Each Muslim, male and female, is equally responsible for carrying out the duties and rituals of the 5 Pillars. The creed, Shahada, should be recited daily, at the end of the daily prayers. Daily prayers, the second pillar, are said 5 times per day: at dawn, midday, mid-afternoon, sunset, and nightfall. In Islamic countries, a Muezzin calls the faithful to pray, often from the top of a tower, or Minaret; today, these calls are often recorded and amplified. Prior to worshipping, a Muslim must cleanse him or herself through ritual ablutions using water, or, if water is unavailable, sand or dust. The worshippers face Mecca, the holy city, Mohammad's birthplace and the site of the pilgrimage. Prayers are performed wherever a person is at the proper time; in many Islamic countries, shops close for the prayers. While people can pray in the mosque at any time, the noon-time prayers on Friday are the times when people make a special effort to attend a Mosque; at that time, weekly sermons are often given by religious leaders. Prayers are accompanied by ritual body movements, including genuflections and prostrations, and the words of the prayers are specified. Prayers in which a person seeks guidance or aid, should be offered separately from the daily prayers.
The third pillar is zakat or almsgiving. This is based on the idea that people really don't own things, that God owns everything and people are caretakers or custodians of God's goods. Thus, they must be shared with needy members of the community. Each Muslim must give a percentage of his/her total wealth, about 2 ½-3%, each year in Zakat. This is not seen a charity, but as an obligation. Zakat can be given individually but in many communities, it is collected by local leaders or governments and distributed.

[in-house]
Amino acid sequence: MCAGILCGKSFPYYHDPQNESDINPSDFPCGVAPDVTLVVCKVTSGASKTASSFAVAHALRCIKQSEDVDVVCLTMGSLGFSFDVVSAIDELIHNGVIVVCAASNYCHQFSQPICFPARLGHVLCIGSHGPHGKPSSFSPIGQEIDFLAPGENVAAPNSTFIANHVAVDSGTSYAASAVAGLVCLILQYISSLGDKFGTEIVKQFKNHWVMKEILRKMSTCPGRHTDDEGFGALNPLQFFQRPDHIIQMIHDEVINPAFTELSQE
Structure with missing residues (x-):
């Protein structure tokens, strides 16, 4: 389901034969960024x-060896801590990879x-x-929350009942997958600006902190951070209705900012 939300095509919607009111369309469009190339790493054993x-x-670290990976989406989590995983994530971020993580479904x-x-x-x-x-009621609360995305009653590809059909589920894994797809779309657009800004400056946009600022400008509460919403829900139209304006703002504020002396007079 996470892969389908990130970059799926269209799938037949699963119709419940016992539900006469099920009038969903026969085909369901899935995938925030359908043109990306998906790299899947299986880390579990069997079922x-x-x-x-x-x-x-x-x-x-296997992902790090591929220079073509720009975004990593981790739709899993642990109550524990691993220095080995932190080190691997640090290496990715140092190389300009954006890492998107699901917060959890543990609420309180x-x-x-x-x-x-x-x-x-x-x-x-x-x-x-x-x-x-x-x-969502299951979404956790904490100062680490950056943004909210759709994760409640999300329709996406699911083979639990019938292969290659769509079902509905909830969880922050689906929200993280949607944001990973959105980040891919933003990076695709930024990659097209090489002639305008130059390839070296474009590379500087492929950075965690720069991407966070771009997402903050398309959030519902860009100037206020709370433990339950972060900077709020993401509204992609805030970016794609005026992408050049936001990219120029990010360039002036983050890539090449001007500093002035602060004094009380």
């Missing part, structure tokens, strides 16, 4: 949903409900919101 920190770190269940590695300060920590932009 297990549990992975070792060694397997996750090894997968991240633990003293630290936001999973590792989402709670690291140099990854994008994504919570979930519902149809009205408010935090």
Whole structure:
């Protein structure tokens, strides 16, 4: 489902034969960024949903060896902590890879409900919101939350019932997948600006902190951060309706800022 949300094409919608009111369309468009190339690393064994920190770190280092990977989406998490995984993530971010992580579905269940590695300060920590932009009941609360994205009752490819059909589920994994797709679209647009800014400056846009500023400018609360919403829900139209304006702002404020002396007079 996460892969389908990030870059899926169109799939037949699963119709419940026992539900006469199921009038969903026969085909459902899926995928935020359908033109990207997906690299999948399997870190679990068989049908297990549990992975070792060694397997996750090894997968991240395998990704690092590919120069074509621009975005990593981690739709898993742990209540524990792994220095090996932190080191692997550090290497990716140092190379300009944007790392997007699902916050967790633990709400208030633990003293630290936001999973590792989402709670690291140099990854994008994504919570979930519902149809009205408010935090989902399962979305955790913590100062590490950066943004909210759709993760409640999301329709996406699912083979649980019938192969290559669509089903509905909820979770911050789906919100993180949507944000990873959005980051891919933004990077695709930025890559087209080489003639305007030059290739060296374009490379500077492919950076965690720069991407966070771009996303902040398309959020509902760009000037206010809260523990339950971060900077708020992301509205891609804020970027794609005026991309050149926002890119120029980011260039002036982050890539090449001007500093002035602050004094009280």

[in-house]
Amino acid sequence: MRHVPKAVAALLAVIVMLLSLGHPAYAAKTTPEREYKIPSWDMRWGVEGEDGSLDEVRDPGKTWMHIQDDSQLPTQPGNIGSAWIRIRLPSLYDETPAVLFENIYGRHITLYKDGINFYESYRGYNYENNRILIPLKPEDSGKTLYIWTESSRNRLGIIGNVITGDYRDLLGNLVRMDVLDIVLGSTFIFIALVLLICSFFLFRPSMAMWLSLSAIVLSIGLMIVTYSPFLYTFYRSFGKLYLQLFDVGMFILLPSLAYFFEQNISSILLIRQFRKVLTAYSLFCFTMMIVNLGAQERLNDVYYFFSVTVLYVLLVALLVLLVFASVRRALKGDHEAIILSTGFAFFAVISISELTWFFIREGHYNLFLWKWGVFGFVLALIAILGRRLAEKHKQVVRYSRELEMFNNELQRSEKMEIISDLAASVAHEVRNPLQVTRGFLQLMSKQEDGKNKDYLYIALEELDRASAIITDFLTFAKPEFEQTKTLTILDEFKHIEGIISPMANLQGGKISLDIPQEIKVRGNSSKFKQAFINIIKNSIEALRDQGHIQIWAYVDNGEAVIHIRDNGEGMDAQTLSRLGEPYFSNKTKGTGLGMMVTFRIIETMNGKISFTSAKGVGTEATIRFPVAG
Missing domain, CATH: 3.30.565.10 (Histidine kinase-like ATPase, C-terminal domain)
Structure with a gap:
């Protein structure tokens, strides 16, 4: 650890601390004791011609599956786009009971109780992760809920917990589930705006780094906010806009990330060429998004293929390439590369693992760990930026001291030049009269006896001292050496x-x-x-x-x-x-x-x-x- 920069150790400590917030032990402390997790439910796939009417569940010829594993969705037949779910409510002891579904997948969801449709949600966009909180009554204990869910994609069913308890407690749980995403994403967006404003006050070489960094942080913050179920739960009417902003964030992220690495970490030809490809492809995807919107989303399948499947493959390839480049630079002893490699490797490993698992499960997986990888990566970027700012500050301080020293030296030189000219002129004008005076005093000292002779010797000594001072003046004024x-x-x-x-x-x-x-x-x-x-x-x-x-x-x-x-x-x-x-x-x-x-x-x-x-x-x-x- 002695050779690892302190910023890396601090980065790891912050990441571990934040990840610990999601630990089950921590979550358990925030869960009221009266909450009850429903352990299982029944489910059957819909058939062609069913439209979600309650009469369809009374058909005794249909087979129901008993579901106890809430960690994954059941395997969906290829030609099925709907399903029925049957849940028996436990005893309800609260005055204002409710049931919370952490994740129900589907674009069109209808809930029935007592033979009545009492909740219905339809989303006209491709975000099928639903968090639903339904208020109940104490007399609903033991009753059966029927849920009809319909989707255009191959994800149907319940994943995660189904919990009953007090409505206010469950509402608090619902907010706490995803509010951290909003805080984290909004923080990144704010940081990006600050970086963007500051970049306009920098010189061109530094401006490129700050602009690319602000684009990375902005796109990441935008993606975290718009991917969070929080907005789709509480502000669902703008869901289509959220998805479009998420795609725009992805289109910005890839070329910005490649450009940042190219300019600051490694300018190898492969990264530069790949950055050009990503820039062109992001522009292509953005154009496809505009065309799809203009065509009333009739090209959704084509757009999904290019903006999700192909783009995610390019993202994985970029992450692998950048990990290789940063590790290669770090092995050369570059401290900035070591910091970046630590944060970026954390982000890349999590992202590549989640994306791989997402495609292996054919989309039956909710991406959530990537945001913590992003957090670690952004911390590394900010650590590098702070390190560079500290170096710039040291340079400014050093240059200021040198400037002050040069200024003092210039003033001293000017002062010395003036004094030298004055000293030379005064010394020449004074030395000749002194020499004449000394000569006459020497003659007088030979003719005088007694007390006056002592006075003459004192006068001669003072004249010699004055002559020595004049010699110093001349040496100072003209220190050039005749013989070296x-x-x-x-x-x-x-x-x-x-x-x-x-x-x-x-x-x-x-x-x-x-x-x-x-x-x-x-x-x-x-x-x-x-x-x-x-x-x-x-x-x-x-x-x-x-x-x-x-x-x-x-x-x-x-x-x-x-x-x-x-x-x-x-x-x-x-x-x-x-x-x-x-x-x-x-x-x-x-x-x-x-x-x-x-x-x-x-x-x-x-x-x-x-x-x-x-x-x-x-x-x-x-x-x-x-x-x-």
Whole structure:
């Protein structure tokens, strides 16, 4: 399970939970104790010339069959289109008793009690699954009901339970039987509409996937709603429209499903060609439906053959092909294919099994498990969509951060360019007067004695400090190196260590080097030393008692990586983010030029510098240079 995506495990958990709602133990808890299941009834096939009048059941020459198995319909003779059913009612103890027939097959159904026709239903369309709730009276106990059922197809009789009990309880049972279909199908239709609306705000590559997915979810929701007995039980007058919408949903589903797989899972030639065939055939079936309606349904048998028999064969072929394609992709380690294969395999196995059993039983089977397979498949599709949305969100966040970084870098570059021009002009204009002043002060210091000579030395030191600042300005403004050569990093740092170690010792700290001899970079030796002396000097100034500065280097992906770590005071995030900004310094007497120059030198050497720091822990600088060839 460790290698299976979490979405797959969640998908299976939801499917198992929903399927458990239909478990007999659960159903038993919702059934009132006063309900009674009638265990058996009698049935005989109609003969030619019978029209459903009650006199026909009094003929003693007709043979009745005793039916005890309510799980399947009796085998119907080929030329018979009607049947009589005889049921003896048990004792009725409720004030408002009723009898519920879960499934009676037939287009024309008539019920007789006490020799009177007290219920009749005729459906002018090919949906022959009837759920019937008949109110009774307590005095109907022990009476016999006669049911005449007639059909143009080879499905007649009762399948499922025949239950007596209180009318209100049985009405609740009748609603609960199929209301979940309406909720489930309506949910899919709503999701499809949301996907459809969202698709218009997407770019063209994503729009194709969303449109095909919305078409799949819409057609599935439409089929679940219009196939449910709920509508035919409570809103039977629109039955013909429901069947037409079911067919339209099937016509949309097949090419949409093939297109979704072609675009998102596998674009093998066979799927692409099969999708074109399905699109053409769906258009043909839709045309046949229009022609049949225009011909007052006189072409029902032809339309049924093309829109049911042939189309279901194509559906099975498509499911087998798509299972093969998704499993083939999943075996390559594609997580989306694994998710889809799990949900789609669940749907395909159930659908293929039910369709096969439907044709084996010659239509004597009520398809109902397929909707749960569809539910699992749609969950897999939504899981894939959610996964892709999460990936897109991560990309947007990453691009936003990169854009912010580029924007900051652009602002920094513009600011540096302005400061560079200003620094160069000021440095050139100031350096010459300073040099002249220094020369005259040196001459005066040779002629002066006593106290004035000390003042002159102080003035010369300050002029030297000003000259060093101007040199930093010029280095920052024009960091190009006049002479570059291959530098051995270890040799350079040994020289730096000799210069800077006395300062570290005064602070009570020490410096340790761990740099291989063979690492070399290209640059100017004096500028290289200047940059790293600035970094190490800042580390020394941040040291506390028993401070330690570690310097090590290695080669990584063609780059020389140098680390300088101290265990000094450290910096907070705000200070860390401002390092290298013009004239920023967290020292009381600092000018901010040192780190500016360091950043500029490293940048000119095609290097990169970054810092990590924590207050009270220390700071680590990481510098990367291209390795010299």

The fourth pillar is fasting during the month of Ramadan. This fast commemorates Prophet Mohammad receiving God's revelation, the Quran. It is also a chance to practice self discipline that leads both to piety and to compassion, understanding how it feels to be poor and hungry. Since all Muslims able to fast do so together, it strengthens the sense of community of believers and the equality of all Muslims. Those who are sick, pregnant, nursing, soldiers on duty, travelers, and young children are exempt from the fast. All others are to refrain from eating, drinking, smoking, or having sex from sunrise to sunset for this month. However, this month is often a time of joy and celebration as families gather in the evening to break the fast together. The month ends with a three day feast, Id al Fitr, which is the occasion for new clothes, feasts and family visits.
The twelfth month of the year is the time for the 5th pillar, the hajj or pilgrimage. At some time during their lives, all Muslims, both men and women, should make the pilgrimage to Mecca if they are physically and financially able to do so. The pilgrimage lasts several days, and involves a series of rituals in and around Mecca (non-Muslims are not allowed in this holy city), including worship at the Kaaba, and ceremonies at places associated with Abraham (Ibrahim in Arabic) and his son Ismail. The pilgrimage stresses the unity and equality of the worldwide Muslim community. Returning pilgrims are called Haji, and enjoy a respected status in their home communities. The Hajj ends with a feast of sacrifice, Id al Adha; the meat is shared with friends and neighbors.